Decades after scientists proved that the burning of fossil fuels was causing a rise in global temperatures, we still find ourselves in the midst of an intensifying climate crisis. Now, as world leaders gather to negotiate further climate action for the 26th time, it’s worth taking a look back at what kinds of solutions they came up with over the last quarter-century.
Katja Voigt is a Senior Advisor for Climate Policy at the Rosa Luxemburg Foundation in Berlin.
Uwe Witt is a Senior Advisor for Climate Protection and Structural Change at the Rosa Luxemburg Foundation Berlin.
Tetet Lauron lives in the Philippines and works as a consultant to the Rosa Luxemburg Foundation’s New York Office.
David Williams directs the Rosa Luxemburg Foundation’s Climate Justice Programme in New York.
A Multilateral Approach?
Global problems need global solutions. It is thus only logical that the global climate crisis would be discussed at the United Nations. When the United Nations Framework Convention on Climate Change (UNFCCC) was created in the early 1990s, countries of the Global South argued it had to reflect national and international historical responsibilities related to global warming—a reasoning that was included in the preamble of the Convention with the principle of “common but differentiated responsibilities”. It stipulated that those emitting the most would have to reduce their emissions more than others, while at the same time supporting countries particularly affected by the impacts of climate change.
This initially seemed like a good start in terms of climate justice. However, when the Kyoto Protocol (KP) was adopted in 1997 and came into effect in 2005 (after long discussions and a complicated ratification process), this principle turned out to be highly contested and was not taken seriously. Not only were the industrialized countries’ ambitions to reduce their emissions much lower than those necessary to effectively limit global warming, the KP also introduced so-called “flexible mechanisms” grounded in neoliberal ideology like the Clean Development Mechanism or Joint implementation. These created new markets for carbon and allowed industrialized countries to “buy” emission reductions from countries in the Global South or the so-called “economies in transition”, mainly countries of the former Soviet Union, as opposed to actually reducing their own emissions.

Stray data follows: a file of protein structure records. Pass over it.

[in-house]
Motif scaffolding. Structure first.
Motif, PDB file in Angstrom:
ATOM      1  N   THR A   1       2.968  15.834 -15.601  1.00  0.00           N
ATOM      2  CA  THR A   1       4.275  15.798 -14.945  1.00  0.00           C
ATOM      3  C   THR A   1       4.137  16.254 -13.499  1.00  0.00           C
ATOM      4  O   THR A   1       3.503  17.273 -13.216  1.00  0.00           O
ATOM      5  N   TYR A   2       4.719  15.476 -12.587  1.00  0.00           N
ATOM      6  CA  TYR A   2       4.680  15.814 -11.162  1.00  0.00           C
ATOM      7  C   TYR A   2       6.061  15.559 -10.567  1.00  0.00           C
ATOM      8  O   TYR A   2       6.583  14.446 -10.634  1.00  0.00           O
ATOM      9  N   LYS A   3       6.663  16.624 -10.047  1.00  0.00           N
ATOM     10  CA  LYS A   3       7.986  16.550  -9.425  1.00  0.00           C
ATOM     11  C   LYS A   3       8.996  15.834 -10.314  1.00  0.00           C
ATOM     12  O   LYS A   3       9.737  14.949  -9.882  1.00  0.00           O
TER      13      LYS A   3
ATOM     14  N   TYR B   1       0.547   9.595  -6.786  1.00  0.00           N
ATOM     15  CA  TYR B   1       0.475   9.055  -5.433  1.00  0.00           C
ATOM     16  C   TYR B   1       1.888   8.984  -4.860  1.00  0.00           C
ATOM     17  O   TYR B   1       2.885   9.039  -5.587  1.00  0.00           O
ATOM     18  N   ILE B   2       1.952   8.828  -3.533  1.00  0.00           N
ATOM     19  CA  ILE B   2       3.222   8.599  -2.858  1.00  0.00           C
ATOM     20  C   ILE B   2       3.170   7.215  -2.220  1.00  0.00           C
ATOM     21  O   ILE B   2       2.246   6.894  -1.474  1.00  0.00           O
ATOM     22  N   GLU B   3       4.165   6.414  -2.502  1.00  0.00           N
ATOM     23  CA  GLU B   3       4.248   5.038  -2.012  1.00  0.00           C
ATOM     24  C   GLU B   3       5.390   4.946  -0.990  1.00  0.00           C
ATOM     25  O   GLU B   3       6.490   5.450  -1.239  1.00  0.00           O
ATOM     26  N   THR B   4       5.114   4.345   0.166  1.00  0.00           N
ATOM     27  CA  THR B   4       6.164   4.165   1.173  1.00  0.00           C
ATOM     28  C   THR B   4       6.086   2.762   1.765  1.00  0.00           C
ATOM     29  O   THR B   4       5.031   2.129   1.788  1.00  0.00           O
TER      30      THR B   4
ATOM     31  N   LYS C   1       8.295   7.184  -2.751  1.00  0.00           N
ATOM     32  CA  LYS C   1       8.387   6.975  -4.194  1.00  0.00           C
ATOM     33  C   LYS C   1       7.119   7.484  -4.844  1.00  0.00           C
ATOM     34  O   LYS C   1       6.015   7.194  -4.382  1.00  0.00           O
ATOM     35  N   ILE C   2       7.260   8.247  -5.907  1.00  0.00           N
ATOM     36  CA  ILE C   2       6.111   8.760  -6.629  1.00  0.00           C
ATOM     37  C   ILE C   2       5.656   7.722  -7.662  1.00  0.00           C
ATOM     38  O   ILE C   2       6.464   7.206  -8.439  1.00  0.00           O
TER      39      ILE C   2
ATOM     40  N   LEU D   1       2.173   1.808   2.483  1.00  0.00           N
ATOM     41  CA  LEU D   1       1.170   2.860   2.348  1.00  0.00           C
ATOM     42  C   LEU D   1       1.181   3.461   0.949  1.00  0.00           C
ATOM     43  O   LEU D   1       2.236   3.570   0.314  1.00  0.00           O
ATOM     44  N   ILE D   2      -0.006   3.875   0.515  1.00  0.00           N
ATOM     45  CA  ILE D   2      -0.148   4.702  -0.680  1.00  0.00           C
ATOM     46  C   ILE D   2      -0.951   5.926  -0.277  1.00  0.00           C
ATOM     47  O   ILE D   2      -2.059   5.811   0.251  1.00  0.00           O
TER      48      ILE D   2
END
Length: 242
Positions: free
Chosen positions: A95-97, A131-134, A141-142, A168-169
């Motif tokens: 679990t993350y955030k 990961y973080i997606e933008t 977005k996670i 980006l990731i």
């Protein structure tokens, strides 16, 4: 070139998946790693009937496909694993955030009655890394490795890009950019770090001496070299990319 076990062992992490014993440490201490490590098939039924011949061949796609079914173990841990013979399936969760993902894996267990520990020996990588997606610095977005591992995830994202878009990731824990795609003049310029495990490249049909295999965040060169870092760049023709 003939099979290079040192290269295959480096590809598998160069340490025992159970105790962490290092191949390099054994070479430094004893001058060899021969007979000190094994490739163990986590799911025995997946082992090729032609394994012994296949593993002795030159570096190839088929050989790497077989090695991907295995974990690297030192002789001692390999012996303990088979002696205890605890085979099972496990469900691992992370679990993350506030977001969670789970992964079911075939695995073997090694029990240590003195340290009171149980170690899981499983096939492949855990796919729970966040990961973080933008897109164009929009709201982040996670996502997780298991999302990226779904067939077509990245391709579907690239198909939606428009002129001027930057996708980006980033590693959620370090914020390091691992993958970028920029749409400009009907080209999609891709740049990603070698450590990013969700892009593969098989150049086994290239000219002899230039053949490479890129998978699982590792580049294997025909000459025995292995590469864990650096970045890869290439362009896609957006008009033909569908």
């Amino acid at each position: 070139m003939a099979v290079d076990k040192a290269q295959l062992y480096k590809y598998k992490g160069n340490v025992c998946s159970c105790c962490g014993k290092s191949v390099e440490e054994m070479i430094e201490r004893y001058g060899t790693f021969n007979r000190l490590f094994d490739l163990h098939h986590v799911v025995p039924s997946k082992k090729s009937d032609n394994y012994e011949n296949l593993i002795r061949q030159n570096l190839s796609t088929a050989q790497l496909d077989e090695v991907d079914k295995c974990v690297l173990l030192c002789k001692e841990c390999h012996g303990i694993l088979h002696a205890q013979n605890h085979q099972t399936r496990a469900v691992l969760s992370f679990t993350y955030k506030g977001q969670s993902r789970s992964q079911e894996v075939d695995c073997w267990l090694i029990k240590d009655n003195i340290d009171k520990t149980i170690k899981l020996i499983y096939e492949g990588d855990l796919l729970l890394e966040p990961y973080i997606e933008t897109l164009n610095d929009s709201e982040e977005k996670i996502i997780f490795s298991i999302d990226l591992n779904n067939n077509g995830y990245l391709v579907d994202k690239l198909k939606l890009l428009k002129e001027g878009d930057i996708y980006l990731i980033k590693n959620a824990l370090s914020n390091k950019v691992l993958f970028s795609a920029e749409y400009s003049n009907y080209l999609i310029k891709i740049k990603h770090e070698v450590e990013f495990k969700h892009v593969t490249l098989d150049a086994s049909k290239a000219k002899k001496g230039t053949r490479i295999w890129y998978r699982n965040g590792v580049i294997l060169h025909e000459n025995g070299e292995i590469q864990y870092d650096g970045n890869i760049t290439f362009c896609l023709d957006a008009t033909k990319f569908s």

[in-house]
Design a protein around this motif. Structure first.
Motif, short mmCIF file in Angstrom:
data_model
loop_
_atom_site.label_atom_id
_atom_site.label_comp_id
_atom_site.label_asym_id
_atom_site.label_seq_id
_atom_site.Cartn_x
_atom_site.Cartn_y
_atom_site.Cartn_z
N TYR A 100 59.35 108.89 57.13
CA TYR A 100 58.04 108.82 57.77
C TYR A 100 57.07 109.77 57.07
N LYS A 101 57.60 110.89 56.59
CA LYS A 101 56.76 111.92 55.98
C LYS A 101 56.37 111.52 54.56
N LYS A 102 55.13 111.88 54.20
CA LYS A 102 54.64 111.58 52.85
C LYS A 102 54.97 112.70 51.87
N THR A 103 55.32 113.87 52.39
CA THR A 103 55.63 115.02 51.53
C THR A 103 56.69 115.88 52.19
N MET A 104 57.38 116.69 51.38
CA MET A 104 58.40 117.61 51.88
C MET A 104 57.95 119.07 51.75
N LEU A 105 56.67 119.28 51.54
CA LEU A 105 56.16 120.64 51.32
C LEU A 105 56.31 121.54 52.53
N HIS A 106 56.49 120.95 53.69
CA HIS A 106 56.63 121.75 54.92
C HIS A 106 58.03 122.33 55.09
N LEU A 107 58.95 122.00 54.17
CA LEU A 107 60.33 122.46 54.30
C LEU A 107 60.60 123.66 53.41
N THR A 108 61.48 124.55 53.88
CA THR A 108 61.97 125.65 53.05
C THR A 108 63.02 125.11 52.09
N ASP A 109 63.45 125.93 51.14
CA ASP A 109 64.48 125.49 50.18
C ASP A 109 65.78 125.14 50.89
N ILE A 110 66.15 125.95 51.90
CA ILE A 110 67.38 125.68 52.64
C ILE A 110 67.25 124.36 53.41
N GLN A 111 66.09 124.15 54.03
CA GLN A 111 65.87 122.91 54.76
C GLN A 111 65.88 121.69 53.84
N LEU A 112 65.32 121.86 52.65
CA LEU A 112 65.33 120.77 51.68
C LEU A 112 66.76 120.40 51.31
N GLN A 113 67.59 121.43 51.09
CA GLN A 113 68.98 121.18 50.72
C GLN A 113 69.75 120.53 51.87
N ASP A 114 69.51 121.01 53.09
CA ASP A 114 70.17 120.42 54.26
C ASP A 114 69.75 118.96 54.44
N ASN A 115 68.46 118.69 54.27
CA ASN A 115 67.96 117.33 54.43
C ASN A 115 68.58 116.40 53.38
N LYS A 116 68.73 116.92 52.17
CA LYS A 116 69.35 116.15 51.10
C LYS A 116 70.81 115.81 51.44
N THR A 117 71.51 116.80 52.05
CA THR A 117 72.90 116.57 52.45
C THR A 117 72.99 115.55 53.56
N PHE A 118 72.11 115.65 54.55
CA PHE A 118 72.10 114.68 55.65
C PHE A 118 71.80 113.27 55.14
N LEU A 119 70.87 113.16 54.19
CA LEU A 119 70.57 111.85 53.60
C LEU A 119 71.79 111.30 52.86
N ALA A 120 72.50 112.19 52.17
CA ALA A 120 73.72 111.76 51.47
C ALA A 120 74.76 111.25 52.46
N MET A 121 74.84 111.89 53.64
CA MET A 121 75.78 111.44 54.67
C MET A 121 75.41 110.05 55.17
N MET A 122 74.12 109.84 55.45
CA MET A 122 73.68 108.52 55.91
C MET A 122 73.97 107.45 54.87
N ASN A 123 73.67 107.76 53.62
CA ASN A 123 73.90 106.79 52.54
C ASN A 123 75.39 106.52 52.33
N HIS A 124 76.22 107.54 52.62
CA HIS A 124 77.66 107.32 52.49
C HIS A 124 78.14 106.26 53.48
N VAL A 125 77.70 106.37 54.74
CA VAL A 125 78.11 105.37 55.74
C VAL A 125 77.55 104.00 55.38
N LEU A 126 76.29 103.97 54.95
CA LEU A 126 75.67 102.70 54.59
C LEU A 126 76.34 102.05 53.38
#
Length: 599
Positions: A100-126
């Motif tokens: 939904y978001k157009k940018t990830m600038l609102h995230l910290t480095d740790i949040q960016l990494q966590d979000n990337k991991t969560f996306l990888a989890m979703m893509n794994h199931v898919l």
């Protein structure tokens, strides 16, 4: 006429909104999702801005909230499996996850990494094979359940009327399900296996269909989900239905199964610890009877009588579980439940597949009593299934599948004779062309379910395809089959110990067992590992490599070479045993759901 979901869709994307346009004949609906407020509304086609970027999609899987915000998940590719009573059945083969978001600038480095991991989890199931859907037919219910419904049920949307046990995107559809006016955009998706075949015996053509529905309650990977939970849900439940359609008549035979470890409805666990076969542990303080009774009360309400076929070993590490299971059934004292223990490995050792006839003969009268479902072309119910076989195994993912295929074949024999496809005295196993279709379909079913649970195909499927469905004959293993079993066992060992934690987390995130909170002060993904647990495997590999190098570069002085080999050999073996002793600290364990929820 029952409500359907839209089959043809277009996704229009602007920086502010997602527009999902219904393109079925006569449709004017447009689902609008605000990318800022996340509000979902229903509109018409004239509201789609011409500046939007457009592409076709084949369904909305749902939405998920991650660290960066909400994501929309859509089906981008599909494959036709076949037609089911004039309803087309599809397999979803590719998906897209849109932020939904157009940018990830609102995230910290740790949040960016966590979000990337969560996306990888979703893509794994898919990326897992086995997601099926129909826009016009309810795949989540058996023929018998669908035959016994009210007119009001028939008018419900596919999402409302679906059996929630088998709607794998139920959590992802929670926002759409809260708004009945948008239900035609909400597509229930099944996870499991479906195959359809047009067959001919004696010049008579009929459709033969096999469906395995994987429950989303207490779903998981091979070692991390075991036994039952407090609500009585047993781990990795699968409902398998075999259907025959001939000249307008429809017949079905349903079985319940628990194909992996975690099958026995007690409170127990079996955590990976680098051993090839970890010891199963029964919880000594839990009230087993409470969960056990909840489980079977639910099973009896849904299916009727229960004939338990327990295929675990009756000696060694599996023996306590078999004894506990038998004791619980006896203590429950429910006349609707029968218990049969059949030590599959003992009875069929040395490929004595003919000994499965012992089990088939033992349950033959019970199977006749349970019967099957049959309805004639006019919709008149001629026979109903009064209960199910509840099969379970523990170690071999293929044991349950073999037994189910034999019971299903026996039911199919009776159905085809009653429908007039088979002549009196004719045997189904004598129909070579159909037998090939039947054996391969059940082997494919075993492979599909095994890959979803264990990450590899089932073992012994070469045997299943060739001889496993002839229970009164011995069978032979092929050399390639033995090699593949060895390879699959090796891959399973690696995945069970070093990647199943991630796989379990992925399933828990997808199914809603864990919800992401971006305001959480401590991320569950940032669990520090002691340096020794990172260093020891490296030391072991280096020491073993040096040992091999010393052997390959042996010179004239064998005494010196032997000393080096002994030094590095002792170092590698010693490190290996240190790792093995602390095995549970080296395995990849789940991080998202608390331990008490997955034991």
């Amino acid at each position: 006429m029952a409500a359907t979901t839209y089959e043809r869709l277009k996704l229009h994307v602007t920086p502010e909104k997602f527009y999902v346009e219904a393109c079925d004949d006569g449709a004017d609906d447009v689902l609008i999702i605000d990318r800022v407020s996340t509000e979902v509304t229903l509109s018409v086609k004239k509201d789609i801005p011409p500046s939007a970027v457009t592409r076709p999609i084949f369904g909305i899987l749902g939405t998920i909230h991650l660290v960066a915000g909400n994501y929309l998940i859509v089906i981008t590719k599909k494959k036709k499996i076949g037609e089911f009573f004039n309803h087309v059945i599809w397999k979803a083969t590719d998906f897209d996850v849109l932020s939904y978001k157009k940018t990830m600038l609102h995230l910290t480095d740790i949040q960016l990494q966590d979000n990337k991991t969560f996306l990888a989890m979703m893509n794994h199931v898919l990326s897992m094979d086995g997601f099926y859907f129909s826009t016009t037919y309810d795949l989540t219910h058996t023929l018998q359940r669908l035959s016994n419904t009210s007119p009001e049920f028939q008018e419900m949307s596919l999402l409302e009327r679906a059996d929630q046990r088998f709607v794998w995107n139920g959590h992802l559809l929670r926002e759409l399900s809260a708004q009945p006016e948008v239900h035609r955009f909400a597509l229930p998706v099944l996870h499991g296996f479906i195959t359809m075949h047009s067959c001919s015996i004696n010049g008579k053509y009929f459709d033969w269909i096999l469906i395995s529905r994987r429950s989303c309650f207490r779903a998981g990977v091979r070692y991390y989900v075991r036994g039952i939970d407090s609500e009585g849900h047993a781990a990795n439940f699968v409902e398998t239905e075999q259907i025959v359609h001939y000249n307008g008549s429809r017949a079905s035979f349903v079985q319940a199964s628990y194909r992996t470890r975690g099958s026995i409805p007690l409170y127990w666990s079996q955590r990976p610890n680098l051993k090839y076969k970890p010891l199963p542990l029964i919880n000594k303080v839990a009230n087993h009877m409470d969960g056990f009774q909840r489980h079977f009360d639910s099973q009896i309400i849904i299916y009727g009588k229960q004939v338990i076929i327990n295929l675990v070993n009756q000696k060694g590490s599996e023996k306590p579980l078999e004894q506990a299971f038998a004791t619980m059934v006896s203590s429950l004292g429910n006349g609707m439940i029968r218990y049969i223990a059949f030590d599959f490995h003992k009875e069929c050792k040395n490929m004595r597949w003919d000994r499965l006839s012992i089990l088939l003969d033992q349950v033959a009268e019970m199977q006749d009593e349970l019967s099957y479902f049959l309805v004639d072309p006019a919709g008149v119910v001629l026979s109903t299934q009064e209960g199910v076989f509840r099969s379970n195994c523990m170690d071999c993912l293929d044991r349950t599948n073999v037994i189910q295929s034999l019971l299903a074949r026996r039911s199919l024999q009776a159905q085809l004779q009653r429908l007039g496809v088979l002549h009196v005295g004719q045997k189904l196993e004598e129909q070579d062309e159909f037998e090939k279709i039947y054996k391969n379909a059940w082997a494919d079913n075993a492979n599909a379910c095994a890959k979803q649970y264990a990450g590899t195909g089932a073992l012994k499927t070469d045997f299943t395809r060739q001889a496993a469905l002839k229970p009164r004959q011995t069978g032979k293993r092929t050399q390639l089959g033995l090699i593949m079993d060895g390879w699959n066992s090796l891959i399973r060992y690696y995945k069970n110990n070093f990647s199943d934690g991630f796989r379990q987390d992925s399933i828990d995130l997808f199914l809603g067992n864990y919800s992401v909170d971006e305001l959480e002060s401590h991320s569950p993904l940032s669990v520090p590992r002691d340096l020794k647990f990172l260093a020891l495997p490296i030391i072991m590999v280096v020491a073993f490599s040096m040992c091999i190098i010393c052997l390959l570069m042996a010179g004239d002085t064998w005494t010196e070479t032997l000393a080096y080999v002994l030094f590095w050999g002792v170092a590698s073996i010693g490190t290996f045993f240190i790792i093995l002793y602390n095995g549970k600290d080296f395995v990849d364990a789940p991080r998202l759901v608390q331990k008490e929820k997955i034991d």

While it had been argued they would allow for more economic emissions reductions, these flexible mechanisms turned out to be one of the biggest mistakes in international climate negotiations. They are considered to be one of the reasons why global emissions did not decrease effectively. The implantation of these false solutions into the global climate architecture’s DNA shows that climate diplomacy was—and is—very far away from addressing the root cause of the climate crisis, namely from renouncing fossil capitalism as the economic basis of our societies.
Solutions for Whom?
The “solutions” that were introduced to solve the climate crises and reduce emissions in the last years and decades often sounded like well-thought-out concepts that, if taken seriously, could lead to substantive emissions reductions. The devil, however, is in the details—or, in this case, in the system.